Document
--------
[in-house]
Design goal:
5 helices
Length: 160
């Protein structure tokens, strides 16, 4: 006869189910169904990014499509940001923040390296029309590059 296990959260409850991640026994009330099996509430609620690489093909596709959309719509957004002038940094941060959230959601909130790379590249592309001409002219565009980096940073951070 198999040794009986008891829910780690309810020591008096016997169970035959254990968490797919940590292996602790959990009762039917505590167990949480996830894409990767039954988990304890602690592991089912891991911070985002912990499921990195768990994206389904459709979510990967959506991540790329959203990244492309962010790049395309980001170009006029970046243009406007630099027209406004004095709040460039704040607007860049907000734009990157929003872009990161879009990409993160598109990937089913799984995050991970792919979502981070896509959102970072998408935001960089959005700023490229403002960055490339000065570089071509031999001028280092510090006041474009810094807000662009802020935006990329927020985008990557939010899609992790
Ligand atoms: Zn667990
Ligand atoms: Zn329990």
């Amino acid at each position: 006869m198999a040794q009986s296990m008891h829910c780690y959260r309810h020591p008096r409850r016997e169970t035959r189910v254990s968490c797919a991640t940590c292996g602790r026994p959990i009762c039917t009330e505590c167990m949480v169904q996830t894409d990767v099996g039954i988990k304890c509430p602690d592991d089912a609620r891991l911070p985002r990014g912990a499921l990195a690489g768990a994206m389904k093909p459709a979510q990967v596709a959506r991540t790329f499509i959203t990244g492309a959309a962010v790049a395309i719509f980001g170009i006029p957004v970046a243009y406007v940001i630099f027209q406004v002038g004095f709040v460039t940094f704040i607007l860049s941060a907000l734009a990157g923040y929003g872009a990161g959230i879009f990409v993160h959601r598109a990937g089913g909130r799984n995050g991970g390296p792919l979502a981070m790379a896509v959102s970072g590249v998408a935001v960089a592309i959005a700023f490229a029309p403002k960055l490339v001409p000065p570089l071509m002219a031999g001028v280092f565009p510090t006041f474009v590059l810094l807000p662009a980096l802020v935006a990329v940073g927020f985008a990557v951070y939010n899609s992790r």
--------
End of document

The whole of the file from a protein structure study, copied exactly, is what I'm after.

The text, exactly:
[in-house]
Design goal:
5 helices
Length: 160
């Protein structure tokens, strides 16, 4: 006869189910169904990014499509940001923040390296029309590059 296990959260409850991640026994009330099996509430609620690489093909596709959309719509957004002038940094941060959230959601909130790379590249592309001409002219565009980096940073951070 198999040794009986008891829910780690309810020591008096016997169970035959254990968490797919940590292996602790959990009762039917505590167990949480996830894409990767039954988990304890602690592991089912891991911070985002912990499921990195768990994206389904459709979510990967959506991540790329959203990244492309962010790049395309980001170009006029970046243009406007630099027209406004004095709040460039704040607007860049907000734009990157929003872009990161879009990409993160598109990937089913799984995050991970792919979502981070896509959102970072998408935001960089959005700023490229403002960055490339000065570089071509031999001028280092510090006041474009810094807000662009802020935006990329927020985008990557939010899609992790
Ligand atoms: Zn667990
Ligand atoms: Zn329990």
């Amino acid at each position: 006869m198999a040794q009986s296990m008891h829910c780690y959260r309810h020591p008096r409850r016997e169970t035959r189910v254990s968490c797919a991640t940590c292996g602790r026994p959990i009762c039917t009330e505590c167990m949480v169904q996830t894409d990767v099996g039954i988990k304890c509430p602690d592991d089912a609620r891991l911070p985002r990014g912990a499921l990195a690489g768990a994206m389904k093909p459709a979510q990967v596709a959506r991540t790329f499509i959203t990244g492309a959309a962010v790049a395309i719509f980001g170009i006029p957004v970046a243009y406007v940001i630099f027209q406004v002038g004095f709040v460039t940094f704040i607007l860049s941060a907000l734009a990157g923040y929003g872009a990161g959230i879009f990409v993160h959601r598109a990937g089913g909130r799984n995050g991970g390296p792919l979502a981070m790379a896509v959102s970072g590249v998408a935001v960089a592309i959005a700023f490229a029309p403002k960055l490339v001409p000065p570089l071509m002219a031999g001028v280092f565009p510090t006041f474009v590059l810094l807000p662009a980096l802020v935006a990329v940073g927020f985008a990557v951070y939010n899609s992790r």